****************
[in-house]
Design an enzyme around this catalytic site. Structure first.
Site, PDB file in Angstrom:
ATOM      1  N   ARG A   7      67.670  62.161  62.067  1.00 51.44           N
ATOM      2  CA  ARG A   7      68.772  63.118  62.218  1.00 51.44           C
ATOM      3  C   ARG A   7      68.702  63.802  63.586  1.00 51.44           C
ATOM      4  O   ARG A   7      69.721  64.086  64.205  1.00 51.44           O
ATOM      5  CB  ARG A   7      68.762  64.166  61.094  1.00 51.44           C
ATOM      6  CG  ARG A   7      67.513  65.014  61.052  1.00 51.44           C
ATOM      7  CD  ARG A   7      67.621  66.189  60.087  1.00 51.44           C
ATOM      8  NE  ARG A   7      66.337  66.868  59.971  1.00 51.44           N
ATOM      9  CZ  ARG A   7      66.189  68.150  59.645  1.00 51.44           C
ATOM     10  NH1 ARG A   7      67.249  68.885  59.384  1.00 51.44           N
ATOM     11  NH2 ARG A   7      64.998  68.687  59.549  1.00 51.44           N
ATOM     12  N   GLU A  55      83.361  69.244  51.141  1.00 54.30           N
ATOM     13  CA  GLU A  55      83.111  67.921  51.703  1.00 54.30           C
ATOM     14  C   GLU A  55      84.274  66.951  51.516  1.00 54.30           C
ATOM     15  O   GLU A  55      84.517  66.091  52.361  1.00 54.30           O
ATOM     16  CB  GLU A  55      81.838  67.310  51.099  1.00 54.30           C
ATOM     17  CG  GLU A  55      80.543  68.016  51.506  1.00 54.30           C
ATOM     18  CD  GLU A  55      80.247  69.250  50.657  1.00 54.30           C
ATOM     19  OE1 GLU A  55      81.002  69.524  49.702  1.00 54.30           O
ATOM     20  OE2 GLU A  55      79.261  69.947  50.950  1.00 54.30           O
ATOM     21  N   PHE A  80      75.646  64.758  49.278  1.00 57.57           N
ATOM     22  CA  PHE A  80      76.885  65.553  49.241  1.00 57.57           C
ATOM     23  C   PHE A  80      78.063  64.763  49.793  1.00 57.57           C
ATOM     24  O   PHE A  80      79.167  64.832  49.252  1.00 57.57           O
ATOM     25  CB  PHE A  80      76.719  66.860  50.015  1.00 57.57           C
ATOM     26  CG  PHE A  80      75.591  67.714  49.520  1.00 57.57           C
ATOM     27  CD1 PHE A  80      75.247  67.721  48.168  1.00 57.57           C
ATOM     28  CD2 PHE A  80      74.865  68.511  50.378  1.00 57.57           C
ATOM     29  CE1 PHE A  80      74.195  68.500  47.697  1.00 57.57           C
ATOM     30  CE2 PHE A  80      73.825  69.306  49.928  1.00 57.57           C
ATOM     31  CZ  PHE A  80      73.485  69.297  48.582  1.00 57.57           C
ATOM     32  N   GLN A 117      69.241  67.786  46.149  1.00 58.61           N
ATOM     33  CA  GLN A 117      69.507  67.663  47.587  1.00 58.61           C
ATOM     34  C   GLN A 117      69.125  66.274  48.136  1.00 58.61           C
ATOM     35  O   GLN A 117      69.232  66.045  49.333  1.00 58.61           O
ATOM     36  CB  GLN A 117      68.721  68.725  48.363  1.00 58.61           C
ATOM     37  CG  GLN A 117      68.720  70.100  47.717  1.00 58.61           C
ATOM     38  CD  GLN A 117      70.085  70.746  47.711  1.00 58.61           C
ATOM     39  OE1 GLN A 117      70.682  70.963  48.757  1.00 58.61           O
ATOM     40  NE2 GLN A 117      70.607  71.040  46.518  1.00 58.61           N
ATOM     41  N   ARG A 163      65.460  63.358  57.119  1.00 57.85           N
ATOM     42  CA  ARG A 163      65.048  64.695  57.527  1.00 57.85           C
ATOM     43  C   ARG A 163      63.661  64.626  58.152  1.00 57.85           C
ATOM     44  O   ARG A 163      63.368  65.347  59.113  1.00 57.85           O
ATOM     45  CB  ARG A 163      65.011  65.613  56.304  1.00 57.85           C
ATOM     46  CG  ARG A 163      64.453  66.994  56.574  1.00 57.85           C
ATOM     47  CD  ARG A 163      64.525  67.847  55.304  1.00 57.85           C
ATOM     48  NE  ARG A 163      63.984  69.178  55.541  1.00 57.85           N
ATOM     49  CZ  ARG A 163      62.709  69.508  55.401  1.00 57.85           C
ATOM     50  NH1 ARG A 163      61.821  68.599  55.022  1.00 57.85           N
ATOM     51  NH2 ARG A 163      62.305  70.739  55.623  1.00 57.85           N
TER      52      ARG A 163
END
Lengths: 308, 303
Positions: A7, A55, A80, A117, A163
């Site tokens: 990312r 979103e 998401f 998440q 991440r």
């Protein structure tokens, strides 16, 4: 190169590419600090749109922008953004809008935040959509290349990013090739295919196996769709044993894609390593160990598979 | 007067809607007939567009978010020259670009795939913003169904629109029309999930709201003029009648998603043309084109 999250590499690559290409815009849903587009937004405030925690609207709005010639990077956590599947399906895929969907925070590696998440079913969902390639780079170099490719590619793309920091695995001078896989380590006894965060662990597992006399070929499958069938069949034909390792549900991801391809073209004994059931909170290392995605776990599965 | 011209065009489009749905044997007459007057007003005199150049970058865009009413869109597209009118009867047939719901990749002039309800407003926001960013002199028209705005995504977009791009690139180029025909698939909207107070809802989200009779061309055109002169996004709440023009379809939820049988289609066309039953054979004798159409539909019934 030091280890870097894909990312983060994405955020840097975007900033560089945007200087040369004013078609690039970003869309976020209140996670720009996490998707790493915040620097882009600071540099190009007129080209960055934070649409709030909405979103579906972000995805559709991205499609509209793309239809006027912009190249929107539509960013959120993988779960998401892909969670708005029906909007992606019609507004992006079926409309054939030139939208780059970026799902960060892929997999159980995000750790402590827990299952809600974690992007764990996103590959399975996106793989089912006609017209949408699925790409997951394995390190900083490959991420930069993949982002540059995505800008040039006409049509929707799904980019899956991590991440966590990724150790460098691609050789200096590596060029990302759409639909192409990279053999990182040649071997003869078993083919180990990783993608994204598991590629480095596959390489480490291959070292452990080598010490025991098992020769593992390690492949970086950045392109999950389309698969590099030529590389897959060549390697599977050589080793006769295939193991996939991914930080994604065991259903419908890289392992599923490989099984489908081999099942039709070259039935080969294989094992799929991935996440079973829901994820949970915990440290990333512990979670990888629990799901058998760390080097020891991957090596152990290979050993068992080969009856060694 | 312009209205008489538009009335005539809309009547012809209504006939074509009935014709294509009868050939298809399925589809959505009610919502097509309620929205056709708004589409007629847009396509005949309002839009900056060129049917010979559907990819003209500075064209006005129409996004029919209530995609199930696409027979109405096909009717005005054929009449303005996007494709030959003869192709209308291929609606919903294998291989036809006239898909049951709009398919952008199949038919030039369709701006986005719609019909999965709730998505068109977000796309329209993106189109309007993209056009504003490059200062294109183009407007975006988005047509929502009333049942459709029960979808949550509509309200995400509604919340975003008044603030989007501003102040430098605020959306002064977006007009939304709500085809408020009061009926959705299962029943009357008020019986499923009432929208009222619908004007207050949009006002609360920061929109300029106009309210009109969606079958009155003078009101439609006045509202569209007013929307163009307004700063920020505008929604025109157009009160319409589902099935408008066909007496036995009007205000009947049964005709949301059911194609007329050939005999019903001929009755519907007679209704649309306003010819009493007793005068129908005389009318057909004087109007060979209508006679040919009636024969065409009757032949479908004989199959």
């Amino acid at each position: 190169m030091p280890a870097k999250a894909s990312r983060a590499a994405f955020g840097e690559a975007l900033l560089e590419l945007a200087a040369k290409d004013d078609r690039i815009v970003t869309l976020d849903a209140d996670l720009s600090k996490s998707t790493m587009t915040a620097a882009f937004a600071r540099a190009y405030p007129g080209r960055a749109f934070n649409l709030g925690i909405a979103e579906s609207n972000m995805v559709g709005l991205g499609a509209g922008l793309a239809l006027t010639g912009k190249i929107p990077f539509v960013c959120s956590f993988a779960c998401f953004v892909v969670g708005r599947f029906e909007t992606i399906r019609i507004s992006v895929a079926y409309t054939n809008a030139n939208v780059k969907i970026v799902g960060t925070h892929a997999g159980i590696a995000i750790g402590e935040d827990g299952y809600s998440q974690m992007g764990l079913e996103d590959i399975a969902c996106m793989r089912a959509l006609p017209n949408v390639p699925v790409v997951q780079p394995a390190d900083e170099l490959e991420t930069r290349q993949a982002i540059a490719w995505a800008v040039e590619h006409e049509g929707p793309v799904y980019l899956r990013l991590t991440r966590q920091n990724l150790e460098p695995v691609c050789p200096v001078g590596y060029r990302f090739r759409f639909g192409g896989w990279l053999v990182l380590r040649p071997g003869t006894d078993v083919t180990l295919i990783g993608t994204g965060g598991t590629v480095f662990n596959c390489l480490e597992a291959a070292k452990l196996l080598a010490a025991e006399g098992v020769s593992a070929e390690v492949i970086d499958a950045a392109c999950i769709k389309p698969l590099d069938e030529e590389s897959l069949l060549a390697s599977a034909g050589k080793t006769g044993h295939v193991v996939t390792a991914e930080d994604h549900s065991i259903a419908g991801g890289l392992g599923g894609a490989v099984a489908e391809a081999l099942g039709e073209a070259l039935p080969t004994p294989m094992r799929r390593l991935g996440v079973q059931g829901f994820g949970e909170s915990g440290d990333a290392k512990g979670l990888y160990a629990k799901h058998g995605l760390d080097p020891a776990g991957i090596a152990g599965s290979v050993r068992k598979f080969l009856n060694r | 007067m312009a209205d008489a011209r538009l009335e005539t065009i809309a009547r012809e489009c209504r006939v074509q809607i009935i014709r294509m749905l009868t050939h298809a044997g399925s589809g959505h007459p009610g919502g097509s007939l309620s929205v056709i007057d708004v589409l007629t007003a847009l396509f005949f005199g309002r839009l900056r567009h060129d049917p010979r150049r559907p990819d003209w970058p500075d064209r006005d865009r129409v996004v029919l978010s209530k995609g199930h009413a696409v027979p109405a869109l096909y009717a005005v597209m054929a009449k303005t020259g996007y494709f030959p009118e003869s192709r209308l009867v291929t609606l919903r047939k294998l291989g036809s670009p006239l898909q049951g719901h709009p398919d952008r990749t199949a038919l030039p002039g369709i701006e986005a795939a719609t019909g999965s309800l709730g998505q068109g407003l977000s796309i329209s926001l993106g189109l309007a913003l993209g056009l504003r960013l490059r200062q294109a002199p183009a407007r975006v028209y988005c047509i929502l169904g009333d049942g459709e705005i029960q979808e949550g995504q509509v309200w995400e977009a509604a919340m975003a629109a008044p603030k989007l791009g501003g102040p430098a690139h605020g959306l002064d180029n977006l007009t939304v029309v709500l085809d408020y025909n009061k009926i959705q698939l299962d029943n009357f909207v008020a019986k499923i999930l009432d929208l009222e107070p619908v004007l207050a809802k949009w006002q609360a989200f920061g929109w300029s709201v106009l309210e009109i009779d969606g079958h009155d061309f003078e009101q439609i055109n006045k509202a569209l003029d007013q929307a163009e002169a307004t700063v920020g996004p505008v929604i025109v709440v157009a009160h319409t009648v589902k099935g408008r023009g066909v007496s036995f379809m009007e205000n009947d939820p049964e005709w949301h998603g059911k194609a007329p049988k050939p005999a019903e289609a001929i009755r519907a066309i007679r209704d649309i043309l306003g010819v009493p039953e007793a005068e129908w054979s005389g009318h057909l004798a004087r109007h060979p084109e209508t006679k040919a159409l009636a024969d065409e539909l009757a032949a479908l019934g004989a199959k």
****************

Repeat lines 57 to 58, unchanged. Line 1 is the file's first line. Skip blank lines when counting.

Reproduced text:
Lengths: 308, 303
Positions: A7, A55, A80, A117, A163